High rate of rash in HIV negative volunteers combining raltegravir and darunavir

Mark Mascolini, for

Rash flared in 8 of 18 HIV negative healthy adults (44%) combining raltegravir and darunavir/ritonavir in a pharmacokinetic (PK) study, and in one case the rash was serious. Only 6 volunteers completed the 18-day study. [1]

Potential interactions between darunavir/ritonavir and the integrase inhibitor raltegravir merit attention because many people already combine these drugs in rescue regimens. Clinical experience so far has not turned up a noticeably high rash rate in HIV-infected people taking these drugs together, according to Merck and Tibotec investigators.

However, raltegravir prescribing information lists rash and potentially fatal Stevens-Johnson syndrome as side effects reported from the clinic. In placebo-controlled trials of darunavir/ritonavir, rash did not affect more than 10% of people taking these protease inhibitors. But prescribing information for darunavir lists skin rashes ranging from mild to severe, including Stevens-Johnson syndrome as potential side effects of the drug. People in whom rash develops after starting darunavir are advised to contact their physician immediately, and physicians are told to stop darunavir/ritonavir in people with severe rash.

In the first 4 days of the PK study, volunteers took 400 mg of raltegravir every 12 hours with food. On days 5 through 18 they continued raltegravir and added 600/100 mg of darunavir/ritonavir every 12 hours with food.

Seven people had mild to moderate rash after combining the two drugs and 1 had a serious maculopapular rash. All rashes arose between days 8 and 12 of the combined treatment period and lasted for 11 to 33 days. The investigators rated the rashes “nonserious.” Six people dropped out of the study because of rash.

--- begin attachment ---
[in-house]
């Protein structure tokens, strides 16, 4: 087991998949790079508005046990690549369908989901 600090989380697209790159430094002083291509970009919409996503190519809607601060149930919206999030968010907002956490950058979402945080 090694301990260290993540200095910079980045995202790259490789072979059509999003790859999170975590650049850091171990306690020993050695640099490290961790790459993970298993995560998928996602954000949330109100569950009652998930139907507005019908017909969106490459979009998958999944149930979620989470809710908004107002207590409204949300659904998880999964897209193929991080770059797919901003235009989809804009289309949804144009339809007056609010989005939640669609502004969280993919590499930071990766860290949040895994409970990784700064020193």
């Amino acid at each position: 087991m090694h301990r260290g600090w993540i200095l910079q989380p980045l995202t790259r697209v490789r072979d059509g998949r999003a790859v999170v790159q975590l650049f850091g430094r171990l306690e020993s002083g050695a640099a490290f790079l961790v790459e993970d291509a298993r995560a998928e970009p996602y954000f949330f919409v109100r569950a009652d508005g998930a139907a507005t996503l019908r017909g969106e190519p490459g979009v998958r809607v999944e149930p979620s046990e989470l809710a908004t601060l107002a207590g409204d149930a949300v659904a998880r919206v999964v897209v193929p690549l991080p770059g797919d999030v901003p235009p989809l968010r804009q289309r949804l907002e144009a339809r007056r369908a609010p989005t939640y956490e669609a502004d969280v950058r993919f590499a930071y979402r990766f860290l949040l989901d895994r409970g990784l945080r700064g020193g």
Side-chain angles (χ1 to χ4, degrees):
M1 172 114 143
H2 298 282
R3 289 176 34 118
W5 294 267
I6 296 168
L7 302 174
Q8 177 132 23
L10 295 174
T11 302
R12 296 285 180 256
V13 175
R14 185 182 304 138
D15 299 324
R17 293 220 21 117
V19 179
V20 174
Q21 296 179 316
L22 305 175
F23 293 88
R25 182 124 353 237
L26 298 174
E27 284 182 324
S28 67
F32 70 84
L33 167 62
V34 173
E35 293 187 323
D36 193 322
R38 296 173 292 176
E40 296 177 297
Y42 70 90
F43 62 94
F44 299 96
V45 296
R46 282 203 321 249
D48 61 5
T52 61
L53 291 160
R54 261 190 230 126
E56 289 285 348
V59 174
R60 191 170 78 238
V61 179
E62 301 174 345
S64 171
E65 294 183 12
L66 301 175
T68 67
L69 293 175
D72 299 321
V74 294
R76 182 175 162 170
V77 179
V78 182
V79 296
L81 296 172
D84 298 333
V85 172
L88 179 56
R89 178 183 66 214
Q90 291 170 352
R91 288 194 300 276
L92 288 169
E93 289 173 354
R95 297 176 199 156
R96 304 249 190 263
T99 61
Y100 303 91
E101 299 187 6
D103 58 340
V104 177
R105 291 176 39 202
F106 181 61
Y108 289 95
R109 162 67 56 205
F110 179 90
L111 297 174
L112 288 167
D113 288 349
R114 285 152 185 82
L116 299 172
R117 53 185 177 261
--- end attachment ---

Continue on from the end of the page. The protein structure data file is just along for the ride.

Because of the surprising rash rate, the researchers looked back at phase 3 trials of raltegravir, focusing on 200 people who took raltegravir plus darunavir/ritonavir as part of the background regimen and 101 who took placebo with darunavir/ritonavir in the background regimen. Rash affected 15.0% in the raltegravir/darunavir group and 4.0% in the placebo/darunavir group.

But rates of rash considered to be drug related were low and similar in the two groups – 3.5% with raltegravir/darunavir and 2.0% with placebo/darunavir.

The Merck-Tibotec team offered no advice to clinicians or patients about how they should interpret the rash findings in this study.

Because only 6 of 18 people (33%) completed the 18-day study, the investigators did not have a full data set on which to base drug interaction conclusions. The limited data suggested that doses of the coadministered antiretrovirals do not have to be altered, the researchers said. Geometric mean ratios of raltegravir with darunavir versus raltegravir alone were 0.71 (90% confidence interval [CI] 0.38 to 1.33) for 12-hour area under the curve, 0.67 (90% CI 0.33 to 1.37) for maximum concentration, and 1.38 (90% CI 0.16 to 12.12) for trough concentration. In other words, the critical trough concentration of raltegravir tended to be higher with darunavir/ritonavir than without darunavir/ritonavir, while the area under the curve and the maximum concentration tended to be lower.

The Merck-Tibotec team reported that darunavir concentrations with raltegravir aligned with concentrations reported in healthy volunteers taking darunavir/ritonavir without raltegravir in earlier PK studies.


  1. Anderson MS, Sekar V, Tomaka F, et al. Pharmacokinetic evaluation of darunavir/ritonavir and raltegravir in healthy subjects. 48th ICAAC, 25-28 October 2008. Washington. Abstract A-962.

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